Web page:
August 31 | Pismo Beach
Long-distance cycling in a group is both a study in community and a solitary encounter. The whole team quickly assumes it’s own collective personality and becomes a kind of family. The 3-5 people that you tend to ride with because of similar rhythms, cadences, and strength, develop an even closer bond.
And yet, on the road, you are alone with your own thoughts, doubts, determinations, and insights. There are also times when you are literally on the road alone.
This can happen for a variety of reasons. Sometimes, one rider will get a sudden urge to reach the next rest stop, to have a burger, or to take advantage of a tailwind, and will make a spontaneous breakaway from the group.
Other times, one rider will stop for a photo or will linger longer at a pause. And sometimes, long climbs create separation.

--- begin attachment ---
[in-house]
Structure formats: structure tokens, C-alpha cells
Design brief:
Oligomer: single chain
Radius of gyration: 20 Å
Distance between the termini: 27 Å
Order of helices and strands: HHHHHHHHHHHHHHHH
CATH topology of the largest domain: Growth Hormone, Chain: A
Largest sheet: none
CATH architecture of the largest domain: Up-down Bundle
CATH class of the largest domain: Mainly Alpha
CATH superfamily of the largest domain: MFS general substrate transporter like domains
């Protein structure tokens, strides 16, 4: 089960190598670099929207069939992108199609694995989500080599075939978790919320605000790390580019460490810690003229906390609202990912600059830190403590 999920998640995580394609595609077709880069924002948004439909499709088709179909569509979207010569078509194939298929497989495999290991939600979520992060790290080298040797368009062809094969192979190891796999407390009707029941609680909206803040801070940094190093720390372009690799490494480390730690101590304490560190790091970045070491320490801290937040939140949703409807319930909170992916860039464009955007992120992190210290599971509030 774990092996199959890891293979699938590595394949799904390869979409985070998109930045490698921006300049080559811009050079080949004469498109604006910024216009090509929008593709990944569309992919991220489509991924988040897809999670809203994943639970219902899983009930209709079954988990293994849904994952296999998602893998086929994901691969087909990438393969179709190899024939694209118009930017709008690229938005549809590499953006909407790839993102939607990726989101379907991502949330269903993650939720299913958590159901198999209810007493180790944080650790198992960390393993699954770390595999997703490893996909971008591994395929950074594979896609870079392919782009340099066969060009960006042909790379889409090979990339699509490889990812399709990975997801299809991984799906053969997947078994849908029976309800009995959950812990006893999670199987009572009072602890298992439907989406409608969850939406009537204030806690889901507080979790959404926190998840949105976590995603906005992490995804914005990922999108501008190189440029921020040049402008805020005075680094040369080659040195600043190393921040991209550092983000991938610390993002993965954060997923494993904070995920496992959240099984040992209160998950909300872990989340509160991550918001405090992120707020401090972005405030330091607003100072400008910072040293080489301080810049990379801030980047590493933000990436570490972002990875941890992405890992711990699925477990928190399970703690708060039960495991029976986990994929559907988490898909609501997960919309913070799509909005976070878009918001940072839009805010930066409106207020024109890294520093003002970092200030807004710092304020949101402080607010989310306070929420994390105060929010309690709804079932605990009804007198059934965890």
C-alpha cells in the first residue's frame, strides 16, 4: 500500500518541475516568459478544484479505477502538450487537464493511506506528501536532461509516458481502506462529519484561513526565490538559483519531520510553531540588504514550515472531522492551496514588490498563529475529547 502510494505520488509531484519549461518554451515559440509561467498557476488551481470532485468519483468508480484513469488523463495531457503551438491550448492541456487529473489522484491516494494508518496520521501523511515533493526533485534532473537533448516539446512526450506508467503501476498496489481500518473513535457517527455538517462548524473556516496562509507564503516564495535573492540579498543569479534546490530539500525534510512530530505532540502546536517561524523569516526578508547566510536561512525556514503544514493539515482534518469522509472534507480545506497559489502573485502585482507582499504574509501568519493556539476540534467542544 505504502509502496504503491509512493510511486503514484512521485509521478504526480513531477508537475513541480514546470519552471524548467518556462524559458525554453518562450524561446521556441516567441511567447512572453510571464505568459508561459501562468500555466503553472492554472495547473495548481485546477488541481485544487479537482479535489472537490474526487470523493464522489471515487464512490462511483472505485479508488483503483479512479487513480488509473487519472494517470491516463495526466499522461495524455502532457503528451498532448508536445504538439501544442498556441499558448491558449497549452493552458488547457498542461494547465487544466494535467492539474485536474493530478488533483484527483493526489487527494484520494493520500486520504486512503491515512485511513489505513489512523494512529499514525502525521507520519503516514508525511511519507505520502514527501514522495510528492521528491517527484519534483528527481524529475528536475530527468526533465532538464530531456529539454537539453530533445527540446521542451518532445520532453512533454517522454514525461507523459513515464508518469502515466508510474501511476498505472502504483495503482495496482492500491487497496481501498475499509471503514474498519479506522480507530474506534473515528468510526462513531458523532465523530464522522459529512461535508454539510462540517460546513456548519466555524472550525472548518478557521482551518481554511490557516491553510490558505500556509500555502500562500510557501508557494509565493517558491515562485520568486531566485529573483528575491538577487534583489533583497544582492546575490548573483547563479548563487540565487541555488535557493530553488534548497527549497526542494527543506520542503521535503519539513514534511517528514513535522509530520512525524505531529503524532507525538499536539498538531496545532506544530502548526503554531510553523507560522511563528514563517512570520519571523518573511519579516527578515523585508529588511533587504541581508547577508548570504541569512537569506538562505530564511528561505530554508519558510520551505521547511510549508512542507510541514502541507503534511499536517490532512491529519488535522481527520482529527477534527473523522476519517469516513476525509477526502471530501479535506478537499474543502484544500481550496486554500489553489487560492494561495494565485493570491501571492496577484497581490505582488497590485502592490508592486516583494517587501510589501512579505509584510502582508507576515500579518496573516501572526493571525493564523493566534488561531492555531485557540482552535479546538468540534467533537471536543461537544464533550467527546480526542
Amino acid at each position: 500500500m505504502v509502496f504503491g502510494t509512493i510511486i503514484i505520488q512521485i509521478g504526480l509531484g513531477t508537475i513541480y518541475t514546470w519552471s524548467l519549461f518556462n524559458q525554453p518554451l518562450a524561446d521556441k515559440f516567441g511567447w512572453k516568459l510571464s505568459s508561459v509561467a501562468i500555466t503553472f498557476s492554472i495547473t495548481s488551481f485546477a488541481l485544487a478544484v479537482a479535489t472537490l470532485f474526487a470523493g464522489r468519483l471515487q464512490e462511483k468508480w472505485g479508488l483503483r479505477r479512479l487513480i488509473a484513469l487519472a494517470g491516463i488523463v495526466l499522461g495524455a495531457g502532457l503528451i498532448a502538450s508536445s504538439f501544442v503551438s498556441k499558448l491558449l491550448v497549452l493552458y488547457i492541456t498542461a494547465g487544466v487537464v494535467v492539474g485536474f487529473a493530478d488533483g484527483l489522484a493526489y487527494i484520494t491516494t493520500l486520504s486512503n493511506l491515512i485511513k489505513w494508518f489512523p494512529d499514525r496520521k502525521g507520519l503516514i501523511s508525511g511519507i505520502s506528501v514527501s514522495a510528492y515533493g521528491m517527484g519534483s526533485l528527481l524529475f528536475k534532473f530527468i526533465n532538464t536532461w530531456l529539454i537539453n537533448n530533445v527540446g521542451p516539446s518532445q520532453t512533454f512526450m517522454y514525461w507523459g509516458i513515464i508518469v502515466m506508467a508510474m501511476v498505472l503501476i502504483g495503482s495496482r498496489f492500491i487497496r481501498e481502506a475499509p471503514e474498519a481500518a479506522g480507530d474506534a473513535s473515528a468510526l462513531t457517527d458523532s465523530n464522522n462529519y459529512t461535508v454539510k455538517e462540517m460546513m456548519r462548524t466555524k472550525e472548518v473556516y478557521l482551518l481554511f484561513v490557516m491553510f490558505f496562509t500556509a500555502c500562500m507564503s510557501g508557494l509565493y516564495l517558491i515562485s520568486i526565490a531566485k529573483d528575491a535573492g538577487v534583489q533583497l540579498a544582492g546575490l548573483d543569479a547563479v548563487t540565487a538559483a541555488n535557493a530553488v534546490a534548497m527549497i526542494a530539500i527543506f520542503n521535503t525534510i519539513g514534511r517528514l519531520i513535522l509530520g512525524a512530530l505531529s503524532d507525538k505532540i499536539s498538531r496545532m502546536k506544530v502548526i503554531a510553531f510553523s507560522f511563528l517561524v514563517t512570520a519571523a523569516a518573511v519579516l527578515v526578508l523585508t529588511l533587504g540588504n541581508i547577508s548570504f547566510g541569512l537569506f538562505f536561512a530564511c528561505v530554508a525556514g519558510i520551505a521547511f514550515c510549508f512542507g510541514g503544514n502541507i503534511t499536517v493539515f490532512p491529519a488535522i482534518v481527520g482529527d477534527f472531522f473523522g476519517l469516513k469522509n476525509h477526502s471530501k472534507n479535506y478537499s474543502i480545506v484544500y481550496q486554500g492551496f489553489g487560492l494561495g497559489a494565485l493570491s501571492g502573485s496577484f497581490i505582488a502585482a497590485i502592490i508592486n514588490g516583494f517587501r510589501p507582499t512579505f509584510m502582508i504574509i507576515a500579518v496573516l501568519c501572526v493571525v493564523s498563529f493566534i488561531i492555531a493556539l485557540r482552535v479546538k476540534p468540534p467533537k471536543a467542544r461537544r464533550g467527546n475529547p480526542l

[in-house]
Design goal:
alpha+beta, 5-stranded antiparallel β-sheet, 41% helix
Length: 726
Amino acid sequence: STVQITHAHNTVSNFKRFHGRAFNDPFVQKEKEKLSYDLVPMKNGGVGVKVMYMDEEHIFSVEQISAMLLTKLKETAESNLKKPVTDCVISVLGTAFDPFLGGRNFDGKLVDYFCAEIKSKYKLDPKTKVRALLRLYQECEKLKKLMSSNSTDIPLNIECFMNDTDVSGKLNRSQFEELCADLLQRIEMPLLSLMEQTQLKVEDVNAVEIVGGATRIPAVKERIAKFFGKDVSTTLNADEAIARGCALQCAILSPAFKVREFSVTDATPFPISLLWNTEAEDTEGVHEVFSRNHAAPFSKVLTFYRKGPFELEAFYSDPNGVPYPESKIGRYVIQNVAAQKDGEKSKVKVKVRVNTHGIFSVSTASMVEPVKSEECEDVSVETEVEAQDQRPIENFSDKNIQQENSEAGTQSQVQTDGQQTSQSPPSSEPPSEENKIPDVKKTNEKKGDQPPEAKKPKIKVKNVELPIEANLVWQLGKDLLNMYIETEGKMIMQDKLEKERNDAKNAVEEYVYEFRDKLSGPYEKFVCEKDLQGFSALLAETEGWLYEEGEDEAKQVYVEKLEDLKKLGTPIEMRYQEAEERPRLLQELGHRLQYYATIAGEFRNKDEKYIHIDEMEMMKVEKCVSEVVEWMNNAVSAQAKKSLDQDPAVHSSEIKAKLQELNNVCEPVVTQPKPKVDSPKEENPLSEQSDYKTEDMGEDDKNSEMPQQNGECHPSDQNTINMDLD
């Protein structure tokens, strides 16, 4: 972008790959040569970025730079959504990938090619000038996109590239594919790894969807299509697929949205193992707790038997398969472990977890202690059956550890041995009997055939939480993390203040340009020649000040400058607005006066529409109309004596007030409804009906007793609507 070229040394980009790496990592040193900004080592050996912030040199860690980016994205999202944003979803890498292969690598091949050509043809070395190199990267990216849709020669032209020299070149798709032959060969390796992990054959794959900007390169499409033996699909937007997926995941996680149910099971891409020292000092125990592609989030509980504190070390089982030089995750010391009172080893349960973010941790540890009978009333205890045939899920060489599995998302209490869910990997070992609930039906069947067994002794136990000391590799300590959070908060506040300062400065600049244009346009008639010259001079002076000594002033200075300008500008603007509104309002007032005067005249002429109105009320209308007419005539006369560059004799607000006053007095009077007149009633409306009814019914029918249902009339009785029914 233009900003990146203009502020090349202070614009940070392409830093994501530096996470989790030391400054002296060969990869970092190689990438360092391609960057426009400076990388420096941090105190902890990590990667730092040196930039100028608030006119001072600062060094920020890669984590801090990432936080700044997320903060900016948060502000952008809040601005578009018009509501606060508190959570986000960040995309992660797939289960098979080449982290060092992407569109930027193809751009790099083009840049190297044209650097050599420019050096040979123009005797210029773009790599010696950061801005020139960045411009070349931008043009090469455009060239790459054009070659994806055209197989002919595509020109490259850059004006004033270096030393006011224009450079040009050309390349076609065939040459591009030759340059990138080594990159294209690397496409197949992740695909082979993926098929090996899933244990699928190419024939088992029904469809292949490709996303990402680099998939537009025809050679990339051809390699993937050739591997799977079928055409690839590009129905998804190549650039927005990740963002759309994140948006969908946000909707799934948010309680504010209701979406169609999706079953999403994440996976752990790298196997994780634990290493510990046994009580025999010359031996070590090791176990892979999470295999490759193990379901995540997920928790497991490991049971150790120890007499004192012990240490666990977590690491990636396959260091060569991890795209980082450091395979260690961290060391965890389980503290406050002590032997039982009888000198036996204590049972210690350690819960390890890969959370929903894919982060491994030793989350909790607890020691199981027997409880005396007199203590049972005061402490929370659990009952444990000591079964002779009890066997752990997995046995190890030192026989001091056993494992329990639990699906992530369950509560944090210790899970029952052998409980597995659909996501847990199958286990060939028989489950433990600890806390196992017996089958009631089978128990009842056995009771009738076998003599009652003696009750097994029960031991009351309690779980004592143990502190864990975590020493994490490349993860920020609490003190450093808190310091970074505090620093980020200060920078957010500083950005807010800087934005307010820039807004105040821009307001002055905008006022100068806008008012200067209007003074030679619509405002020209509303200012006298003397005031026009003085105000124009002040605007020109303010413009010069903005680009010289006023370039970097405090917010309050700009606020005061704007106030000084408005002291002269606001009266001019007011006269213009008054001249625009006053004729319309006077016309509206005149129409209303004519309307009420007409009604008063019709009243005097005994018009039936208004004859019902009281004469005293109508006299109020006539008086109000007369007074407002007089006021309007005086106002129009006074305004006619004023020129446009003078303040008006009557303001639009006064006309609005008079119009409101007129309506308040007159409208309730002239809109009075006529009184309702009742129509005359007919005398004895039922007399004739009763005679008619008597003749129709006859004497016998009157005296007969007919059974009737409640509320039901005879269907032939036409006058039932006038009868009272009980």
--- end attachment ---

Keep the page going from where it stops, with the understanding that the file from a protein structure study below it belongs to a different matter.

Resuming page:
That happened today. I was riding in a threesome when one rider stayed back to take more photos. Shortly afterwards, we came to a long climb on which I moved ahead of my other teammate.
The climb was followed by a long, steep, high-speed descent, and by the time I got to the bottom, I was out of sight of either of my companions. I spent the next several miles alone on an open road.
It’s a place that has it’s own rewards, just like riding together does. Later in the 88-mile day, the three of us converged, ate lunch together, and arrived in camp together.
We’re staying at the Community Presbyterian Church in Pismo Beach.
Appropriate. We’re all family here.
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